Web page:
The MAOI he is on is a dermal patch the 6ml (or mg) dosage which is safe. It is not highly prescribed as most doctors still associate all MAOIs with the pills (which can be very dangerous). Also, he has a month trial prescription, after which it may be hard to get the patch covered by insurance. There are coupons available for certain insurances. The patch is about $600 per month based on my understanding (20 per daily patch). We live in CA...pot was virtually legal and will be legal soon. I am convinced the pot has a very adverse effect on him, but sadly he does not see this to be the case.
  6. agingrapidly

    agingrapidly New Member

    Hi RN0441:

    I too have seen a therapist. I have viewed the past few months as an "intermission." Sadly it is now over. Since we've been dealing with this for the past four years to varying degrees the punch in the gut is not quite as bad, but it is very hard for it not to take over every aspect of my life. Thank you for your support! Thinking of you too!!
  7. in a daze

    in a daze Well-Known Member

    My son flamed out of college (was told to leave after a psychotic break and bizarre behavior from alcohol and stimulant abuse) He came home, and we had two and a half years of misery until we finally moved him out. I think your instincts to have him live away and work on his issues are good.

    He has been on the patch for a year, and it's the first medication that's worked for his depression in twelve years. But is it ever expensive!

    Unfortunately though, nothing, and I mean nothing, will work to its full potential as long as he is smoking pot every day. He's got to stop the substances. This is not just me... I was told this by his psychiatrist after his third hospitalization in a month.

    Is it wise to pay 600.00 a month for a medication if he's not going to stop the weed and make other lifestyle changes? Although I will tell you that it was about eight weeks into it when my son first noticed an effect on his mood, and the dosage was upped from 6 mg to 9 mg. Your kid has only been on it for two weeks, so he may have to give it some time.

  8. susiestar

    susiestar Roll With It

    Depression is so hard to treat. My son needs 3 antidepressant medications. One is for adhd, but still has an antidepressant effect. One is for sleep but still has an antidepressant effect. It wasn't until all were in place that he could really function and use the tools he had learned. I think we got lucky that he really hates drugs because I couldn't see him doing well on pot. He didn't finish college, didn't really see the point of most of the classes. THought they were a waste of his time and money. So he stopped attending. He is happy and has a good job with career potential though, and he is loved by his bosses, coworkers and customers alike at work, so who am I to complain?

    I hope you and your husband find a way to figure out something you can live with that doesn't involve your son moving in. It may take more time to find the right medications. I don't know what to say about the pot except I wish it wasn;t such a problem. It just is for many people.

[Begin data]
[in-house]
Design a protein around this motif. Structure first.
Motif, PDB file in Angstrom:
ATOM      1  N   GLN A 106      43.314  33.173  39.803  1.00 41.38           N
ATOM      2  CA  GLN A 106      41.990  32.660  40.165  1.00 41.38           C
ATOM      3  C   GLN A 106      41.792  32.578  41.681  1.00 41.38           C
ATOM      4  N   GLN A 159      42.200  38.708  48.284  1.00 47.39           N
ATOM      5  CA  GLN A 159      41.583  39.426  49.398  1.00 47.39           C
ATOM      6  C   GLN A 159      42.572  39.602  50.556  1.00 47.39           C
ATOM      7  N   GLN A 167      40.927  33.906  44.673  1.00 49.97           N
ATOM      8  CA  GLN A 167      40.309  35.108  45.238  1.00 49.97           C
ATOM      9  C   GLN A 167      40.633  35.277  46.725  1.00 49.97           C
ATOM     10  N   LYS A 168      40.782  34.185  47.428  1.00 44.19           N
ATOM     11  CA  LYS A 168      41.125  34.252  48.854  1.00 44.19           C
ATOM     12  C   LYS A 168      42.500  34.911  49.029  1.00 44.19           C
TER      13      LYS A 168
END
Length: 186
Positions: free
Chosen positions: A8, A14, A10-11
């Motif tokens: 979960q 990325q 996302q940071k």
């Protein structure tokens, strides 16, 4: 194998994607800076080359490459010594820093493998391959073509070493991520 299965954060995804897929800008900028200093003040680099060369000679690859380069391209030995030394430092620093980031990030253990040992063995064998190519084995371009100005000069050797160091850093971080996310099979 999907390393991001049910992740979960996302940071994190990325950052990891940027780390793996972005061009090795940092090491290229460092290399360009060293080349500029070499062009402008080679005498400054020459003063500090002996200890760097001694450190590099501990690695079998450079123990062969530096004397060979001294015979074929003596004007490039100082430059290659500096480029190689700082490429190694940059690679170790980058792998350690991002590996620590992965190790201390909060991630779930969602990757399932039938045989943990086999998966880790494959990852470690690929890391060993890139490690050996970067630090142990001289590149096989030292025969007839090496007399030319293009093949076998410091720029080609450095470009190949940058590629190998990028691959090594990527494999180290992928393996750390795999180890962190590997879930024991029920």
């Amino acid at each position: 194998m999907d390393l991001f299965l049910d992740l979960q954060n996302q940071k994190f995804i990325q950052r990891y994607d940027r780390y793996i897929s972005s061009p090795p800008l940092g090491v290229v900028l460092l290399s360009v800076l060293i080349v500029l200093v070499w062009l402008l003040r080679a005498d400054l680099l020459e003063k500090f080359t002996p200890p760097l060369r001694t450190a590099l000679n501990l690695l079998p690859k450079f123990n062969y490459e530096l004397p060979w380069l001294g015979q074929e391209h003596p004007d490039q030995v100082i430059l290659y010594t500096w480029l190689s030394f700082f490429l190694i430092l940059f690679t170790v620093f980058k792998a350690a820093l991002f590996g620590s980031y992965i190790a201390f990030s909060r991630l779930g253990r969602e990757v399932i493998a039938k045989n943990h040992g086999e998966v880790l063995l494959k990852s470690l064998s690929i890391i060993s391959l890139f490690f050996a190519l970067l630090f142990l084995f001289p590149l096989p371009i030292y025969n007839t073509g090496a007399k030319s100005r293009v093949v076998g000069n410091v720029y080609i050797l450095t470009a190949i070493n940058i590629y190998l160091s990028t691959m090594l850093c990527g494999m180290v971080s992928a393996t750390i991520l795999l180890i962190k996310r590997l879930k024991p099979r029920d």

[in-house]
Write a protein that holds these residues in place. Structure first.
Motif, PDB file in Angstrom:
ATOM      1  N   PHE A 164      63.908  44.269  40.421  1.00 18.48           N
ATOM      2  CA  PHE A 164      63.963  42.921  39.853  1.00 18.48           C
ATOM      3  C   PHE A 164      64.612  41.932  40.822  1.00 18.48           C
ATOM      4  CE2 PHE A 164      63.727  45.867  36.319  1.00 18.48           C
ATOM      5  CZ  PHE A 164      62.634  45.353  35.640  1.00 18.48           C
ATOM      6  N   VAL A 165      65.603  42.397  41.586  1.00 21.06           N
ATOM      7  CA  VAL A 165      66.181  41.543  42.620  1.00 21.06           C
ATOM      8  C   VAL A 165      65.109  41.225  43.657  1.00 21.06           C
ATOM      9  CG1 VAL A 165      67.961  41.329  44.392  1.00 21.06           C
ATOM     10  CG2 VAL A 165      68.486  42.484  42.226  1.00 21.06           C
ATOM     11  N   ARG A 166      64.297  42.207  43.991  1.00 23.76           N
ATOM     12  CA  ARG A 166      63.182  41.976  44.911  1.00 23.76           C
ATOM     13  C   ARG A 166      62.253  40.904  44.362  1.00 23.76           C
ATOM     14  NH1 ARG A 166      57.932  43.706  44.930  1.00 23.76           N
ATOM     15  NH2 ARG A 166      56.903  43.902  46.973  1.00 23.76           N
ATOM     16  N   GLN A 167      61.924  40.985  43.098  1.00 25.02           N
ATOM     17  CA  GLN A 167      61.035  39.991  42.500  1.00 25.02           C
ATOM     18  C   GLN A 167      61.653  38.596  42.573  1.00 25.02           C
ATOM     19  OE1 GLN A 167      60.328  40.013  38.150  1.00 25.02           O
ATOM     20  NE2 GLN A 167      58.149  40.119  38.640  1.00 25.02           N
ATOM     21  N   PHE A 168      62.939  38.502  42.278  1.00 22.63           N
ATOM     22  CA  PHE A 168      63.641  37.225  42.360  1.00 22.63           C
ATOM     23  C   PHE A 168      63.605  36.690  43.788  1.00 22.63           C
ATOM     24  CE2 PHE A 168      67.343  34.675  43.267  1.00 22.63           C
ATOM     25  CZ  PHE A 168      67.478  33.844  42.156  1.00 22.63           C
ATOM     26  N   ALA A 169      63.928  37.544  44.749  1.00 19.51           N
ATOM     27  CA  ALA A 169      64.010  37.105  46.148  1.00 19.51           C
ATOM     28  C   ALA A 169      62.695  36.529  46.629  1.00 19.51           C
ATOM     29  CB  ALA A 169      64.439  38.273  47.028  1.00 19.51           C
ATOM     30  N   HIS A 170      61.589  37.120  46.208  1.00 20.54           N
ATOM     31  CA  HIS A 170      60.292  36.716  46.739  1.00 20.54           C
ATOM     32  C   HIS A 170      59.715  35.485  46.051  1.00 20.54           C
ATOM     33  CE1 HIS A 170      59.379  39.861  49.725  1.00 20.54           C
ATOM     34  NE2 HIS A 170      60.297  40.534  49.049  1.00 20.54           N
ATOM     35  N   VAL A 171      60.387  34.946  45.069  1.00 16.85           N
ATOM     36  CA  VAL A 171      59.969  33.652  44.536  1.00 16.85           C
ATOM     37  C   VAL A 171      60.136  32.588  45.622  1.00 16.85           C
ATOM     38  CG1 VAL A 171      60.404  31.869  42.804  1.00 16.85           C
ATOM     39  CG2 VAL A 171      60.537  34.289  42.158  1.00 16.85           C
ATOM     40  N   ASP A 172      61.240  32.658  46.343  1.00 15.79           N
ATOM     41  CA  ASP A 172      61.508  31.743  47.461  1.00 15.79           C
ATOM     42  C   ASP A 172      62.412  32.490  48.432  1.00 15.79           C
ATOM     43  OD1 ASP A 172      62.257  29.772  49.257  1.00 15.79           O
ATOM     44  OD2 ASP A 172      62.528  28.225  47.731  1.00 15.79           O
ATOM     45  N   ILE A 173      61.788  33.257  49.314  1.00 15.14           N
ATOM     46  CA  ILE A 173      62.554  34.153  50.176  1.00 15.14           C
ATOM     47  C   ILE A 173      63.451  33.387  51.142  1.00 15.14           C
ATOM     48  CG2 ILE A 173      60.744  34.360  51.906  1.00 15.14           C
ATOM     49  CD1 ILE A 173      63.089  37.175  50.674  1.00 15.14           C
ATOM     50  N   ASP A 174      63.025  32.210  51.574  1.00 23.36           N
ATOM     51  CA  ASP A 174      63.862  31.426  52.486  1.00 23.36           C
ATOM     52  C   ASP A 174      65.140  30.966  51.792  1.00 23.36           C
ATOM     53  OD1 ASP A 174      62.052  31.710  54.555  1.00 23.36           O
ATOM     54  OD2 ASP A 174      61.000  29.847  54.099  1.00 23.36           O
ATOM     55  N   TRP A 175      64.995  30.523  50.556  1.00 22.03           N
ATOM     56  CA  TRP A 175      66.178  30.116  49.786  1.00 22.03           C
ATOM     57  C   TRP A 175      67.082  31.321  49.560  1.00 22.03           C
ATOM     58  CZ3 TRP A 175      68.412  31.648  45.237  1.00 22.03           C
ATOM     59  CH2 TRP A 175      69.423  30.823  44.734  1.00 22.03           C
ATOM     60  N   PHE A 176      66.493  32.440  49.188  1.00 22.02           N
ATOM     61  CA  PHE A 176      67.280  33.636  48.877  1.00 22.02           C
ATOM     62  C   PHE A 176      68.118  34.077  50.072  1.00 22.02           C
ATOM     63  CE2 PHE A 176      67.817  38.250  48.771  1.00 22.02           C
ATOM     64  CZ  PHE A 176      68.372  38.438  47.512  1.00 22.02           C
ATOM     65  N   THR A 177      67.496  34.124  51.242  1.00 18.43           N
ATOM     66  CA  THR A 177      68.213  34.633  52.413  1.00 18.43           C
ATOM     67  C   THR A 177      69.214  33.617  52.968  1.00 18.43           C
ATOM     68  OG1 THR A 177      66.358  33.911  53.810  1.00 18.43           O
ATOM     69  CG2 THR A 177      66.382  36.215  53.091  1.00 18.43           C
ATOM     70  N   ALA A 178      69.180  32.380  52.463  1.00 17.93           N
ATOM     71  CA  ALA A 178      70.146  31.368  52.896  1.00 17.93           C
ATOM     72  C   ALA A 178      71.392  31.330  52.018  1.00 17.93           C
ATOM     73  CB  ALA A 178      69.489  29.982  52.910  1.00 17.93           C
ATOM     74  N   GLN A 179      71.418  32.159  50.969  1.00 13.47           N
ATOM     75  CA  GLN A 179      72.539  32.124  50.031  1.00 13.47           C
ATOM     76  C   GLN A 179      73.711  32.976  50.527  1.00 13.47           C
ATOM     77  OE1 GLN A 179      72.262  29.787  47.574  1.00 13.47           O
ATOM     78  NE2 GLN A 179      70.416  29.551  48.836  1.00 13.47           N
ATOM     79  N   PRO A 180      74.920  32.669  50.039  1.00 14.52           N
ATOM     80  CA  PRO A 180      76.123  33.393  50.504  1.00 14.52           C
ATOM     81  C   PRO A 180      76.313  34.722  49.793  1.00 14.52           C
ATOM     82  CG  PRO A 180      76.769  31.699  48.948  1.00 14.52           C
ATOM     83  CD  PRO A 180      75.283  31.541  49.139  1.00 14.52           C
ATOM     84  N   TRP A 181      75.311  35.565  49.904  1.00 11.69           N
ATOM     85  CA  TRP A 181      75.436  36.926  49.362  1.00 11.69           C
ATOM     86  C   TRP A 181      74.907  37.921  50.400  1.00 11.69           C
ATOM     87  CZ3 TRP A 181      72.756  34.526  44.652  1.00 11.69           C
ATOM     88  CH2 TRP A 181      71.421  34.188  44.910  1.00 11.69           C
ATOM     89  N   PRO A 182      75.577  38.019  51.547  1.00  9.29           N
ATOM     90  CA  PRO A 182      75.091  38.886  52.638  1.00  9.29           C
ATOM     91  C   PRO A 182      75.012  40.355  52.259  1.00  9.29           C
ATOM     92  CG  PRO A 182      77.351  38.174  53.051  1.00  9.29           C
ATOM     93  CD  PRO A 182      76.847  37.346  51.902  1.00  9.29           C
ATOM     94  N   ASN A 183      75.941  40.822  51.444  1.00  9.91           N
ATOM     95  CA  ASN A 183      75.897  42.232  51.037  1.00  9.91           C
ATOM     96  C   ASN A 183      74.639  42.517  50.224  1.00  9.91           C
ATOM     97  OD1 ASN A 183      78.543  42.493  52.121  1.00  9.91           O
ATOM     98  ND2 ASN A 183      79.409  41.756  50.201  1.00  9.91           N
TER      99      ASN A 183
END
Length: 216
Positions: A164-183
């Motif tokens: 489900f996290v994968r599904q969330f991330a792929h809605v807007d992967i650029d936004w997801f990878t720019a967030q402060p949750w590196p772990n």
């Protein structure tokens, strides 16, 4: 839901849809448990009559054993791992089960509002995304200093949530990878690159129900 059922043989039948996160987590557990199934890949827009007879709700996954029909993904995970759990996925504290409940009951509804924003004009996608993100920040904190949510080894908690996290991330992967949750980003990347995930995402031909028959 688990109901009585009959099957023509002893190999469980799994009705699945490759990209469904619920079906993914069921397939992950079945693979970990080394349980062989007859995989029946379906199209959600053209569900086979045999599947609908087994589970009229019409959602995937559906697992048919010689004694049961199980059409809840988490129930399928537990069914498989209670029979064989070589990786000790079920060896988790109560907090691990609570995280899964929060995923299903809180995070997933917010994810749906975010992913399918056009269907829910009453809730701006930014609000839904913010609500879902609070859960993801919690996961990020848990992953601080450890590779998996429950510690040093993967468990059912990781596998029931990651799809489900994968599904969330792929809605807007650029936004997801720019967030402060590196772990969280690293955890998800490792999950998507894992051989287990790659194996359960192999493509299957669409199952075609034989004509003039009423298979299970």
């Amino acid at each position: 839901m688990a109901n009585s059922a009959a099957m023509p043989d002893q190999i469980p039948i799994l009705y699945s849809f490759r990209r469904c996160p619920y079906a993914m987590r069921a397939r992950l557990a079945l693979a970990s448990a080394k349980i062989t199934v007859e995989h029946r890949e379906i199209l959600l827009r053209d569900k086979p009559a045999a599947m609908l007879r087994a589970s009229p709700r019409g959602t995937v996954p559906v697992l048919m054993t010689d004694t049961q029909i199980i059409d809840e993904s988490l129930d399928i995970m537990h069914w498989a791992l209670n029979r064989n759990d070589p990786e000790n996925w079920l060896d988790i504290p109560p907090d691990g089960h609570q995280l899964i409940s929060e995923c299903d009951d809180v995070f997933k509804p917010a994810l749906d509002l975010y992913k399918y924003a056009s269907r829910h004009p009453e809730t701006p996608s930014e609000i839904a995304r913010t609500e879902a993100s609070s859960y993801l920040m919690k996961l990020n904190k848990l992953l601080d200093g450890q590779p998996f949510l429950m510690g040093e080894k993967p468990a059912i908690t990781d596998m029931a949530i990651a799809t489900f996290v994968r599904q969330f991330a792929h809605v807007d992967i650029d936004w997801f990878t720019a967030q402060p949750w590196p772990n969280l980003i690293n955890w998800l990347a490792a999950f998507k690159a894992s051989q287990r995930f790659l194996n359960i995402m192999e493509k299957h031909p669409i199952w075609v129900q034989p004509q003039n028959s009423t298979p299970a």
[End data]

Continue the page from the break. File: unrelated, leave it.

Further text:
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  9. mof

    mof Momdidntsignupforthis


    I just wanted to offer support. I'm a horrible example though. Our 20yr old lives at home, works full-time and his medications he finally got right has made an incredible difference.

    He has only one semester under his belt...but maybe someday.

    Much love..Mof
  10. agingrapidly

    agingrapidly New Member

    I am very hopeful that the patch works. I am not happy about the pot. In fact, we have consistently told every therapist and psychiatrist. We called his psychiatrist today to let him now about the pot. I am in total agreement with you. Since he wasn't working we limited the money, but he probably worked around it by buying food on his card and collecting money. I feel like I am the only one who is seeing the pot as a major issue! Retrospectively, but we don't really have much say, the switch in medications would have been better at the end of the semester.

    I think we are leaning toward paying rent/subletting (or part of it depending on what he makes) and having him get a job to pay for everything else. Hopefully this will not leave much money for pot.

    Question about the patch---my understanding is with the 9 mg dosage there are a lot of dietary restrictions. Has that been an issue?
  11. agingrapidly

    agingrapidly New Member

    Thank you! It sounds like your son is working and feeling well. It is just very hard to wrap my head around why he can't get a handle on things and the lying. But maybe the lying to us is really his lying to himself.
  12. in a daze

    in a daze Well-Known Member

    There are no dietary restrictions. The medication bypasses the intestines, which is where the issue with tyramine, starts, which builds up and can cause the blood pressure to rise to dangerous levels. I had read that the manufacturer tested the drug with the high tyramine diet at the lower dosage and no reaction was observed, but they recommended the dietary restrictions at higher dosage to be safe.

    My son eats anything he wants and has never had an issue.
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  13. agingrapidly

    agingrapidly New Member

    He went to the psychiatrist yesterday and they added a very low dosage of lithium to the mix, which is supposed to be an activator. Of course when I heard lithium I immediately did the research. And so it goes...
  14. in a daze

    in a daze Well-Known Member


    Emsam (the patch) is supposed to be activating in itself, so much so that stimulants are not recommended to be used with it. For example, Ritalin or adderall.
  15. agingrapidly

    agingrapidly New Member

    I'll let you know how it goes. Things are up in the air with what is going to happen. Hoping he stays put...and works or takes a reduced course load and works. The pot is a big issue for me and I am sure he is lying to the therapist and the psychiatrist. I think part of the conditions will be for him to see the drug counselor in the therapy group and get tested weekly. Not that I can control him and how he spends his money, but at least the psychiatrist and therapist will know exactly what is going on. I wish he would give it 30 days of not smoking, eating healthy, exercising, using the light (for lack of sunlight), and taking his medications.